The Washington Post

PETA Thanksgiving billboards target children

Parents might need to make a few more meatless options this Thursday thanks to PETA’s new ad campaign.

The People for the Ethical Treatment of Animals has unveiled billboards geared toward children:

(Courtesy of People for the Ethical Treatment of Animals)

The billboards are actually tamer than some of the group’s other stunts this season. Monday, in Philadelphia, members of the group gathered for an early public Thanksgiving “feast” where the centerpiece was a lifelike human baby doll according to a PETA press release.

The point? “Everybody’s somebody’s baby.”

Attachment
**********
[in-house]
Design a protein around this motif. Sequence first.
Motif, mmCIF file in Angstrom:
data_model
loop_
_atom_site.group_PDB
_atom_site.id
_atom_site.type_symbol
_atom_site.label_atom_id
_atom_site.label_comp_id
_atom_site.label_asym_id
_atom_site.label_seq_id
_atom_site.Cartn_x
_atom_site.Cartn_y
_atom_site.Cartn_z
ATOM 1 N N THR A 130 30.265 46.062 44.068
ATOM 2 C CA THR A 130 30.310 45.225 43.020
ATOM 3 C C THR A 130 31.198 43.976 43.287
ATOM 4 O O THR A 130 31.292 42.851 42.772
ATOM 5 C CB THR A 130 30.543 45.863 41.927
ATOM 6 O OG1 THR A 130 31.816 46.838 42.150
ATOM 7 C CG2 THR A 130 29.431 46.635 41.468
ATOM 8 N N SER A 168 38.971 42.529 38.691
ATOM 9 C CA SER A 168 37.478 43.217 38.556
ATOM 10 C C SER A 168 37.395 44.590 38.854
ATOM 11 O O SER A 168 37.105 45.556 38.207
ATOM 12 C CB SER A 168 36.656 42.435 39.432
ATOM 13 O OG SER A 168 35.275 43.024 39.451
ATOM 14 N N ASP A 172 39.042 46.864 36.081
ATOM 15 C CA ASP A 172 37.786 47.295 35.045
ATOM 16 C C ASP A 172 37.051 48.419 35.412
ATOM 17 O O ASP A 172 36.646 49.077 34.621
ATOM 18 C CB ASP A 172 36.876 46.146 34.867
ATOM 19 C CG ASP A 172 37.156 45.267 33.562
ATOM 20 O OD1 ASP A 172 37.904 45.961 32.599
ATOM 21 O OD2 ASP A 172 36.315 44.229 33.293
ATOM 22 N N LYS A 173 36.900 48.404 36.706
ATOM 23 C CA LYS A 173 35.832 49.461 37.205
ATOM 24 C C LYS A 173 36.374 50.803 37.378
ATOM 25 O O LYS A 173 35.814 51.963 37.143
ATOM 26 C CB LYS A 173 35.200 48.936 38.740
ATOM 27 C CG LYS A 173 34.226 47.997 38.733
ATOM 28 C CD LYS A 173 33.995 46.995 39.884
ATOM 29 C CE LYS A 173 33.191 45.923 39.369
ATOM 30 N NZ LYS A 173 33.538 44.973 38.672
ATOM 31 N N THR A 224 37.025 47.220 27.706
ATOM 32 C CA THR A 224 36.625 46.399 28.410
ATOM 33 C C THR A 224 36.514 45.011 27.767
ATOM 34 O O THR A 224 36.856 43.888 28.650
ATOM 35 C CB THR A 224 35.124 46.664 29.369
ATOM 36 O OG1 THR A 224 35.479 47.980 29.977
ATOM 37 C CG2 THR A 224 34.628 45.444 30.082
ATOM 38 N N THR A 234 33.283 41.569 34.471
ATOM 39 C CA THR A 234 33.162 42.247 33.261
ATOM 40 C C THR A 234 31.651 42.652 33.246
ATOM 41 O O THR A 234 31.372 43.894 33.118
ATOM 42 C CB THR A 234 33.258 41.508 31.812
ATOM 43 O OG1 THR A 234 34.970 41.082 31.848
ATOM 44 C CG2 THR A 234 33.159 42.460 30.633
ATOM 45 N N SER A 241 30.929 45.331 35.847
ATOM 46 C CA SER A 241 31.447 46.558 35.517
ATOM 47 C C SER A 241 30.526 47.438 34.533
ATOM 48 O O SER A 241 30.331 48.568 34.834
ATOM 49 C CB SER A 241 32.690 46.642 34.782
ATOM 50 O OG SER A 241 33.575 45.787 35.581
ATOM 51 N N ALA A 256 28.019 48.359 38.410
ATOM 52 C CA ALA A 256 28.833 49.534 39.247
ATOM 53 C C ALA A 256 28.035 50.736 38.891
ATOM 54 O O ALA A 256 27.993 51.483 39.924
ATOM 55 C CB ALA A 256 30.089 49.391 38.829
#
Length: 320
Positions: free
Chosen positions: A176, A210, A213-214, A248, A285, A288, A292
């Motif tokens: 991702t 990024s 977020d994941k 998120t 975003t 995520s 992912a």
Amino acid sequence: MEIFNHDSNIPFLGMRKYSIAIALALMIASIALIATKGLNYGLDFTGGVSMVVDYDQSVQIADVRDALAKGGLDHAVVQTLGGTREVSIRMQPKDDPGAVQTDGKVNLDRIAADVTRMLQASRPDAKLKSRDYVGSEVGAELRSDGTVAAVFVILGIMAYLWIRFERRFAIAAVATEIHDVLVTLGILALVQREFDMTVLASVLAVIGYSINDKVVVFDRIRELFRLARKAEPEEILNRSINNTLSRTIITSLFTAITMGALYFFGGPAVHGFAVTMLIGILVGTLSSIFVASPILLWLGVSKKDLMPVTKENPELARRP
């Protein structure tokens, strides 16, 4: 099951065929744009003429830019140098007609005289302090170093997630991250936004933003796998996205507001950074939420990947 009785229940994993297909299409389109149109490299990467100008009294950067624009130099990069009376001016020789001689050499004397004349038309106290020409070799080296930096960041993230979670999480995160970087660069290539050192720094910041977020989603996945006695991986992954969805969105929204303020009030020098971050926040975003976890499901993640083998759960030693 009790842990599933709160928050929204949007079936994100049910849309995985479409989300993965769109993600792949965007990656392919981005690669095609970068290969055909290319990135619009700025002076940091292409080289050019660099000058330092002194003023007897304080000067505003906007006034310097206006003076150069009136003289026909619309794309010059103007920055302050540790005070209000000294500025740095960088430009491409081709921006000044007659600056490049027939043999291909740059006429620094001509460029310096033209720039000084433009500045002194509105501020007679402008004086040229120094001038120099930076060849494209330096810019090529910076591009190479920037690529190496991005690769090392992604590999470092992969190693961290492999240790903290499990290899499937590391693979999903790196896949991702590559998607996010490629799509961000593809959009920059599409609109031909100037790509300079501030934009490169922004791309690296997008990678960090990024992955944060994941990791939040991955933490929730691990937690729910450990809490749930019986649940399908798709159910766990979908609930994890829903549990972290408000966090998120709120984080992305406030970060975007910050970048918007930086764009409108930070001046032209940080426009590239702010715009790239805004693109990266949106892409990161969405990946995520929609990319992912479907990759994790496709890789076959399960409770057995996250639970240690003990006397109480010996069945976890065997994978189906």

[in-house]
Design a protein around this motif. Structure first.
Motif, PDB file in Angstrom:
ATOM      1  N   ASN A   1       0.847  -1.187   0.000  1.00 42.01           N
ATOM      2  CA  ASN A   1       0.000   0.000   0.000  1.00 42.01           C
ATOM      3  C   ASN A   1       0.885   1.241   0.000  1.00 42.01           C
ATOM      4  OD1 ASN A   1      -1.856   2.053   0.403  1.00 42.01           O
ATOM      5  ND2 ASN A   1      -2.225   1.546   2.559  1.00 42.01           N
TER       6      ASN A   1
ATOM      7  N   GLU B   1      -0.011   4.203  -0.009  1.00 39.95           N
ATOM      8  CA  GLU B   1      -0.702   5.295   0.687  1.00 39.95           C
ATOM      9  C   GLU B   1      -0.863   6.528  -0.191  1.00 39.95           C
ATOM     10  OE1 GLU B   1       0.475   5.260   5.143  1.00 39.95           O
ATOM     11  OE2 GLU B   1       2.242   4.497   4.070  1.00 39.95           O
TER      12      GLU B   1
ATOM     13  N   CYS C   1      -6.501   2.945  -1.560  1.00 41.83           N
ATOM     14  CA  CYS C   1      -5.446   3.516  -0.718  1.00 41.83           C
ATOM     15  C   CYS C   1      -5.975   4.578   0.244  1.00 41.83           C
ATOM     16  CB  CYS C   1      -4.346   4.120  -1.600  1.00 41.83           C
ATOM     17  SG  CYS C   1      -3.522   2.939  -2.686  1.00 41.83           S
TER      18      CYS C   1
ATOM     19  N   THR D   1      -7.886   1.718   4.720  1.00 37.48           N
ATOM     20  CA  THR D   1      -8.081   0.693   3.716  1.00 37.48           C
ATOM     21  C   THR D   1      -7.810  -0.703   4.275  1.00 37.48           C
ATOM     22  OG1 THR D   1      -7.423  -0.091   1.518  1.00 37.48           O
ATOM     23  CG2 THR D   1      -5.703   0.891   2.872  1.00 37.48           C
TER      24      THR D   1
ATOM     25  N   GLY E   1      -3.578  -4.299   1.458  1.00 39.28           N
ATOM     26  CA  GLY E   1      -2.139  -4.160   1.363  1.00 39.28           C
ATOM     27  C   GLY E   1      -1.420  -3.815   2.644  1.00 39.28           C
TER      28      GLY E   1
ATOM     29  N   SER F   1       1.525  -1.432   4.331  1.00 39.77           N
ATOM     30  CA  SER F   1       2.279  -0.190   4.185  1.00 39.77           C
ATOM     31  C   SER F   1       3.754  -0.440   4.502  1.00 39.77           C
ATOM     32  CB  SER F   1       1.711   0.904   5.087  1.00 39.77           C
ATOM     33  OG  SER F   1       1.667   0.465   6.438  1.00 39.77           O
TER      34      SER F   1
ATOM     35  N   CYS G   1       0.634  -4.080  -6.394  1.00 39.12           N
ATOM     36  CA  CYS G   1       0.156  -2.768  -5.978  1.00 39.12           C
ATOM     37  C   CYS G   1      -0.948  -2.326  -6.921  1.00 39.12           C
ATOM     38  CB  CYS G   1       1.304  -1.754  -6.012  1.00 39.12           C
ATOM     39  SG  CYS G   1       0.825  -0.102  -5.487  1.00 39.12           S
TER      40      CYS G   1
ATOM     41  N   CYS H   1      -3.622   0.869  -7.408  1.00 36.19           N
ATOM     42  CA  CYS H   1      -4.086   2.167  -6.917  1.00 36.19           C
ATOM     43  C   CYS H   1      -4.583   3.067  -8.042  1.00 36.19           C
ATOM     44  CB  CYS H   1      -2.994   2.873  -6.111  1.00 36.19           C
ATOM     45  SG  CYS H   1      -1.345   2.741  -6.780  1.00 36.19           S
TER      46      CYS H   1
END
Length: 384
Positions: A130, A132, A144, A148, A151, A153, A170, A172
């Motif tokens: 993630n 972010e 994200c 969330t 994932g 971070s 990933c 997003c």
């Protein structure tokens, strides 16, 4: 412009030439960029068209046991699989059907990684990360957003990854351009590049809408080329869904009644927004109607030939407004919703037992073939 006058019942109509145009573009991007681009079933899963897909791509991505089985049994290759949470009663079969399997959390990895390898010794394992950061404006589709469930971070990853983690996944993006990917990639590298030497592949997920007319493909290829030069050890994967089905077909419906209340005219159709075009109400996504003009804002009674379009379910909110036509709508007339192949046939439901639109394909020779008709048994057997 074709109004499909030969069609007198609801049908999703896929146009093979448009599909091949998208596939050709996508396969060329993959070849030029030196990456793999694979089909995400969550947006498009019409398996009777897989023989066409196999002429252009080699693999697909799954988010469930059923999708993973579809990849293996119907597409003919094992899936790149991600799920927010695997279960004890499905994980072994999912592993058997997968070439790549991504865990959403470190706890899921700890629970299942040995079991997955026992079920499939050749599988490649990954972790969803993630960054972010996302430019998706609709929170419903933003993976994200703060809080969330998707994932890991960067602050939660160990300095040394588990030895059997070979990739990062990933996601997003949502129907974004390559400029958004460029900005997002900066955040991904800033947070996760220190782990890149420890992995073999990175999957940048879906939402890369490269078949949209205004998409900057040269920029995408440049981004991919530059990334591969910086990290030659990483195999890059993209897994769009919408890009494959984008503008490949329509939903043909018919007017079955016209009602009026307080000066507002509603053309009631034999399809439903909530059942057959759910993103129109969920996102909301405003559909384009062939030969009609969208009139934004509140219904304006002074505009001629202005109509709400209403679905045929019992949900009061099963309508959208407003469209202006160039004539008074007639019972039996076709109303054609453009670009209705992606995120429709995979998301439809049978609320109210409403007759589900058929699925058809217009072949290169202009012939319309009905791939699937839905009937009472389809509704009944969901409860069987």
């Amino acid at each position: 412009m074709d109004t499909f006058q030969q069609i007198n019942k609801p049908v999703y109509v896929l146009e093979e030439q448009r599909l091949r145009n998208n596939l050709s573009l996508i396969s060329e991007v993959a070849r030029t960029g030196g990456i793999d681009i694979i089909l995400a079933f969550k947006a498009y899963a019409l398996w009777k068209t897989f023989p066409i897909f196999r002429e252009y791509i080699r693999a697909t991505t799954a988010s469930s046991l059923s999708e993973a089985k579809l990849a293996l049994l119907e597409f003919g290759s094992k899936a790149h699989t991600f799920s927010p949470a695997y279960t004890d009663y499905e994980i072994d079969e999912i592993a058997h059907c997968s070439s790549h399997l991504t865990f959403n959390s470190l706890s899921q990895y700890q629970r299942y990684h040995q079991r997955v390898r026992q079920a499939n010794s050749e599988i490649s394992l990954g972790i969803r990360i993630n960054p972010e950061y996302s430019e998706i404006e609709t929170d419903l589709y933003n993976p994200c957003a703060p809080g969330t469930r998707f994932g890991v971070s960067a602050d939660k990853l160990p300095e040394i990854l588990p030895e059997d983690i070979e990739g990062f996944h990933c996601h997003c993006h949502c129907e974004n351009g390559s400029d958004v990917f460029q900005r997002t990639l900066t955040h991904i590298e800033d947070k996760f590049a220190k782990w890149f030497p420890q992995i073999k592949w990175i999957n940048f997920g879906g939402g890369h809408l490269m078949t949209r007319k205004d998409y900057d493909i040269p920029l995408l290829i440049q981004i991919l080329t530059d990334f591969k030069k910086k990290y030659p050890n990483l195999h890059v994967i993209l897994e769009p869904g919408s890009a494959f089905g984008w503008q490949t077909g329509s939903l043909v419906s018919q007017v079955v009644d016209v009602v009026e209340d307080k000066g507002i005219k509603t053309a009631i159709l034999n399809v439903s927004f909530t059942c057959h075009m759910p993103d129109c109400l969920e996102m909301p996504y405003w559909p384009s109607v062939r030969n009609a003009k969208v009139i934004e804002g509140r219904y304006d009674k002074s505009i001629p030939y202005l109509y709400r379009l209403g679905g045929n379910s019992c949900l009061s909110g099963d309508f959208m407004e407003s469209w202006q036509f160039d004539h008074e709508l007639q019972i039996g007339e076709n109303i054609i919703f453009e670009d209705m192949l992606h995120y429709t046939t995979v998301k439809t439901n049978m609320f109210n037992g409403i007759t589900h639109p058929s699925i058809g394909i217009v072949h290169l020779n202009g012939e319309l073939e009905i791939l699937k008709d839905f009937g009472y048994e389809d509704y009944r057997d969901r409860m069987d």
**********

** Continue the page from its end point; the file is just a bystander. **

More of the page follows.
PETA is known for provocation; it’s how members spread a message they care deeply about. Thanksgiving is an especially offensive holiday to them, for obvious reasons, so the group annually returns the offense in kind.

A few years back, PETA caused an uproar with this Thanksgiving-timed television advertisement:

Since PETA’s intent is to turn people off meat, the yuck factor of their campaigns is understandable. But is it appropriate for PETA to be gearing their adult message to children?

The billboard plays on their innocence and curiosity. It wants kids to turn to us, and ask us to explain. It wants to prompt uncomfortable questions and, by extension, force us adult meat-eaters to examine our choices.

Is it fair to involve young kids? Or is all fair in vegan promotion?


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